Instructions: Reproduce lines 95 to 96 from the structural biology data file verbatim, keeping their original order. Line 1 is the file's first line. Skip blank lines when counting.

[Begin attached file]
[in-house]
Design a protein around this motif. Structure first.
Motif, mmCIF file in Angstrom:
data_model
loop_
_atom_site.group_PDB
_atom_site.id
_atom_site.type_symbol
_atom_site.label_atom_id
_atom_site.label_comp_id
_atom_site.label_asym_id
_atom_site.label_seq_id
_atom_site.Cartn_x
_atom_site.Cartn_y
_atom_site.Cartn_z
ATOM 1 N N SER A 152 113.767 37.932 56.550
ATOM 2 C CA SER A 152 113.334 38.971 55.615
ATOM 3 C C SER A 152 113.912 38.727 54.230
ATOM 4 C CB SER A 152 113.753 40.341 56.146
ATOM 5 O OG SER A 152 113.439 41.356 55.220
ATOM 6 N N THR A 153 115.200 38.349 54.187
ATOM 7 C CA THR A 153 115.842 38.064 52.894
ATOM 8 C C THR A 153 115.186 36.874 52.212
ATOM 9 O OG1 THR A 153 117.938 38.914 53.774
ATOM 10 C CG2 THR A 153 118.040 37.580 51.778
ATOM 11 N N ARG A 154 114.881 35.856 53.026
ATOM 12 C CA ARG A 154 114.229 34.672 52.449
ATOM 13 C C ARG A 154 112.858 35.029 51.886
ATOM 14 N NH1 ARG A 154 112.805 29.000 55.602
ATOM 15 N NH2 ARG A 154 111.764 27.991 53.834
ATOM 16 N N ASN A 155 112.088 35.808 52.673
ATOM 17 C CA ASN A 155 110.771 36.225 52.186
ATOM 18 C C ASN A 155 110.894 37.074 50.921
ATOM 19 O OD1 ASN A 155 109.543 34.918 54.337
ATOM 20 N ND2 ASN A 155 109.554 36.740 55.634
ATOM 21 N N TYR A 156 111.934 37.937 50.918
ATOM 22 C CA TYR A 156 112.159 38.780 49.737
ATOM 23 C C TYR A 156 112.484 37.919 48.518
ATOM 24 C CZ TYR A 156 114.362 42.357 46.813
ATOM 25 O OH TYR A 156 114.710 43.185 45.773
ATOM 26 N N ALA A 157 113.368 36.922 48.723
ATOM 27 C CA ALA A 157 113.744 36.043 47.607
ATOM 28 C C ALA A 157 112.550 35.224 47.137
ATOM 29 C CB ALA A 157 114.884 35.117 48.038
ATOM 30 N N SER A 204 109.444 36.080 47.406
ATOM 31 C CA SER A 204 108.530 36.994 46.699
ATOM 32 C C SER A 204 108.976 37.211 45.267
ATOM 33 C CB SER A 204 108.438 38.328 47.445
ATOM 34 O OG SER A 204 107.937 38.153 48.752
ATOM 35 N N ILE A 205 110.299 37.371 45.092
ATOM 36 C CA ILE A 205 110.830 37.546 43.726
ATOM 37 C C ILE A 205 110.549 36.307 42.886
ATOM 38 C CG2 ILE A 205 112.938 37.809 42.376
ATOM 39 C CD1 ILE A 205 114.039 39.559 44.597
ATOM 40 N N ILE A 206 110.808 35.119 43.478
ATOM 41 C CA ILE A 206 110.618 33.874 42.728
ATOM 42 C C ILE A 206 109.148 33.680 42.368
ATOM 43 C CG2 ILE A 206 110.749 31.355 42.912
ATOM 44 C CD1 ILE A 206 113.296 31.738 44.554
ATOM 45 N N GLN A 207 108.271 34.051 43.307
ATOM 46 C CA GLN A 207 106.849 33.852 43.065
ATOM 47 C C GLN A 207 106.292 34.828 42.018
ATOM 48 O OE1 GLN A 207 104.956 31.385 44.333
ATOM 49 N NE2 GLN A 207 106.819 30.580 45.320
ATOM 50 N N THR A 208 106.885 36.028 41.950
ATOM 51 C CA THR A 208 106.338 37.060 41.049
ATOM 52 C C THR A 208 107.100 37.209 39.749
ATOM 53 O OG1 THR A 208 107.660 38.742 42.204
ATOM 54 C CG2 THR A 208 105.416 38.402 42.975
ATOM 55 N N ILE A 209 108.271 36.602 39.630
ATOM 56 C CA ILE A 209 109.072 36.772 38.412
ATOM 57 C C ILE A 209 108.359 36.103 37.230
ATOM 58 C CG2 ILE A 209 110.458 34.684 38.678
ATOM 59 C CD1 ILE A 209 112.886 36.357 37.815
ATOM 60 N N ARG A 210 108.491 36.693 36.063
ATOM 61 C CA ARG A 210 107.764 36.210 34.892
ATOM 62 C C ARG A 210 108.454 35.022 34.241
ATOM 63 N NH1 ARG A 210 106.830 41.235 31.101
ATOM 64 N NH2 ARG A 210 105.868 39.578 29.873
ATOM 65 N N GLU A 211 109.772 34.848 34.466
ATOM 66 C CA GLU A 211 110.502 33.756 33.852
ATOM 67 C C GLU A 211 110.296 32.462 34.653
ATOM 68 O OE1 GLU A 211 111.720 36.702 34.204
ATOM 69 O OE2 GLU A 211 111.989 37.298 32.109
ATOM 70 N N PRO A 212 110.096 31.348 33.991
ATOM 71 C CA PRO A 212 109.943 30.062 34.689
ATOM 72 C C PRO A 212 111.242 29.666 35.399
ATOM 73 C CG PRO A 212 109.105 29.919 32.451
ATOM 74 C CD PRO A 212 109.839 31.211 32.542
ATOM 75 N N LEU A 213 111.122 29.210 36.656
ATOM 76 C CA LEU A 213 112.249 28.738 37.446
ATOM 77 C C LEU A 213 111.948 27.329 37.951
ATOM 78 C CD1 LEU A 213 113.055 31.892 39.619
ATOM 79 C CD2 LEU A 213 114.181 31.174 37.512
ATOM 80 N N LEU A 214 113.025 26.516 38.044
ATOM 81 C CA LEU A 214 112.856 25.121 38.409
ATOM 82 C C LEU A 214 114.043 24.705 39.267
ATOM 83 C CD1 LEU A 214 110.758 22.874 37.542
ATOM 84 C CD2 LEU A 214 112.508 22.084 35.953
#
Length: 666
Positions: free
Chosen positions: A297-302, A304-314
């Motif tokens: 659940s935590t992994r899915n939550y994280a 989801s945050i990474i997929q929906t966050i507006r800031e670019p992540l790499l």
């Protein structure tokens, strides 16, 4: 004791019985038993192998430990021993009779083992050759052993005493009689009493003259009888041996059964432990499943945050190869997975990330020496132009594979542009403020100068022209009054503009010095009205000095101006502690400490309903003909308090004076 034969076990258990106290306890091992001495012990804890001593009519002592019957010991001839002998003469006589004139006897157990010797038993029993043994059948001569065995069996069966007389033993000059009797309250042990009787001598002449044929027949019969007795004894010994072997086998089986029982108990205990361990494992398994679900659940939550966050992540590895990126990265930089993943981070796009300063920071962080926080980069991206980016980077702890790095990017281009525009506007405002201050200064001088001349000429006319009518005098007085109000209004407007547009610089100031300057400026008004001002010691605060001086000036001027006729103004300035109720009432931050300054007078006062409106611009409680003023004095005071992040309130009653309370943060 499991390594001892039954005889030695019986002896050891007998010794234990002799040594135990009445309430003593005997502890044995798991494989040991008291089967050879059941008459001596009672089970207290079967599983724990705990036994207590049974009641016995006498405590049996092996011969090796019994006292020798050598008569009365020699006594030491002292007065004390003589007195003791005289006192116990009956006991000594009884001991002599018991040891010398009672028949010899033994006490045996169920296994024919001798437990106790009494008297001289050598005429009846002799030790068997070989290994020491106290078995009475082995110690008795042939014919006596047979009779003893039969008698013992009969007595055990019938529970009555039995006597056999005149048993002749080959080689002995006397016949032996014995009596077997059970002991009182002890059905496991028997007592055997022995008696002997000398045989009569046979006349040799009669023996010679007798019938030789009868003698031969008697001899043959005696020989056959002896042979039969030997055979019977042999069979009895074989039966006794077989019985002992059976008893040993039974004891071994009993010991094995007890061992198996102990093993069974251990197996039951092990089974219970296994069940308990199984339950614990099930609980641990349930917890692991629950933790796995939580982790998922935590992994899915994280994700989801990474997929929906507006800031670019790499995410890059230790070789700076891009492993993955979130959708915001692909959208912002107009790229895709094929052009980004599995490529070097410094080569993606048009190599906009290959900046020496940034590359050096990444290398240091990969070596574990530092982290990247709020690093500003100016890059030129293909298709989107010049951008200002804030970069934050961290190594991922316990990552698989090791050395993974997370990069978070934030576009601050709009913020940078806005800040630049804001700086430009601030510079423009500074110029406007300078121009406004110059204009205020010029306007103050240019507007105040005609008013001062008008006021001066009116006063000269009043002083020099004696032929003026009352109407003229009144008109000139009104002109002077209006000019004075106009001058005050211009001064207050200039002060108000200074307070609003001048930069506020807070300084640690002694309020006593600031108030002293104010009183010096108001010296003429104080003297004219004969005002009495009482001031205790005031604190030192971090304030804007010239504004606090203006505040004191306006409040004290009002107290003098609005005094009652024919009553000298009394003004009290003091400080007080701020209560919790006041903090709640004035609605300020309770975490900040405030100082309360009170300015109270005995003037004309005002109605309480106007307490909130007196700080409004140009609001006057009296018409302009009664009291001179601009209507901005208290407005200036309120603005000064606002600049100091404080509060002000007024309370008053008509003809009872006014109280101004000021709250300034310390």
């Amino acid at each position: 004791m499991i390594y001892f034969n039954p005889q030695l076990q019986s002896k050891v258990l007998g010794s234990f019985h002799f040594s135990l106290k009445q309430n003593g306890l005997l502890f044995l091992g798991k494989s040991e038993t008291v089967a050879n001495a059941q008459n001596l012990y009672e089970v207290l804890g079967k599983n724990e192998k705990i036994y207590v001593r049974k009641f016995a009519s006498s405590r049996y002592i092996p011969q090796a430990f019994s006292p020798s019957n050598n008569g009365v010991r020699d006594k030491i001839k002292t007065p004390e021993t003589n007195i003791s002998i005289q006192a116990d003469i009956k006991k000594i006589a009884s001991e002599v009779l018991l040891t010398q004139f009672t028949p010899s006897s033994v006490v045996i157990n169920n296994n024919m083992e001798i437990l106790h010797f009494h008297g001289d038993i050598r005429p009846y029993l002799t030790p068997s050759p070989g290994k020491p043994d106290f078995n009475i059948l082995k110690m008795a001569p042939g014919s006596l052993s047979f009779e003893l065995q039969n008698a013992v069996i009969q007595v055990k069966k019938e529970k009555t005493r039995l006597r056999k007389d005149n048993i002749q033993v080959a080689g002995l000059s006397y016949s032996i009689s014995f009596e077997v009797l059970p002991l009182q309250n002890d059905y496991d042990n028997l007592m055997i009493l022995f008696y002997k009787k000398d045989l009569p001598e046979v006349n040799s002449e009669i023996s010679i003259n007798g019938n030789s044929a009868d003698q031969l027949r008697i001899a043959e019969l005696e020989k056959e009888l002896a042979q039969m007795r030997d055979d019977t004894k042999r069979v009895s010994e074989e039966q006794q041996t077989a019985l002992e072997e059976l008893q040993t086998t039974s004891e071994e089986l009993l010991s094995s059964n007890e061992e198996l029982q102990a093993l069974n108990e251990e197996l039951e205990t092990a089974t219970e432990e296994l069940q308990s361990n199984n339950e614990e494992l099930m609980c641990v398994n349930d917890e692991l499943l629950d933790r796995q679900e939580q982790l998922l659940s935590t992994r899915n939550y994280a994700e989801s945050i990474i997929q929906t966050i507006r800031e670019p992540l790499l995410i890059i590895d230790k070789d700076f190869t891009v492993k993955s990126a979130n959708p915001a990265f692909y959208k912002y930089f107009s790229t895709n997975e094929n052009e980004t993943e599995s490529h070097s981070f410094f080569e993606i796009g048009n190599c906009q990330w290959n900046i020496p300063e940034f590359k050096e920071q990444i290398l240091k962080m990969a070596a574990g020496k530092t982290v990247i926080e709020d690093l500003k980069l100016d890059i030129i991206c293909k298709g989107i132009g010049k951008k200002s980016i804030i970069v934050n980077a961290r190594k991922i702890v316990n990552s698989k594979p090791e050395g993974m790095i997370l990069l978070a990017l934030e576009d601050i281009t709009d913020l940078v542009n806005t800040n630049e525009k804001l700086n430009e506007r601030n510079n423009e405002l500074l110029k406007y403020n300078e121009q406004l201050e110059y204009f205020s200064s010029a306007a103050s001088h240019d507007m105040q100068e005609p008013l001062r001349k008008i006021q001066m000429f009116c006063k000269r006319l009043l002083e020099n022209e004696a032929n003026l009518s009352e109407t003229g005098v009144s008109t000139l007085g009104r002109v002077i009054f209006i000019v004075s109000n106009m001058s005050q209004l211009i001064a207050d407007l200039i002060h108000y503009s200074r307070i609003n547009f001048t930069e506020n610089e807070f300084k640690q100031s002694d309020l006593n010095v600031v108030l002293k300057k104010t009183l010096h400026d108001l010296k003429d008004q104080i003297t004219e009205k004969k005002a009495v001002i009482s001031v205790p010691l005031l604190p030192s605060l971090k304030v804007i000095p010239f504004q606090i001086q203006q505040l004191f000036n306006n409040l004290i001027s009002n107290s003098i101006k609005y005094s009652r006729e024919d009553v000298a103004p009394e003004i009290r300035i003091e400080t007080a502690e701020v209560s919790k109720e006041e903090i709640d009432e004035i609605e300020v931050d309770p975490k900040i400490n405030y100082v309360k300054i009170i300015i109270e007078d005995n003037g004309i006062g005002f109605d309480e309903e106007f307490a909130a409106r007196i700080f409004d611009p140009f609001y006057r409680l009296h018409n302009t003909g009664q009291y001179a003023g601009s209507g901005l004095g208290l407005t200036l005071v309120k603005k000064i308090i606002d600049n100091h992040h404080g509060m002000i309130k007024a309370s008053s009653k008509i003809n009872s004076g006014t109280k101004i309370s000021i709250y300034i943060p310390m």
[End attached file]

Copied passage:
ATOM 80 N N LEU A 214 113.025 26.516 38.044
ATOM 81 C CA LEU A 214 112.856 25.121 38.409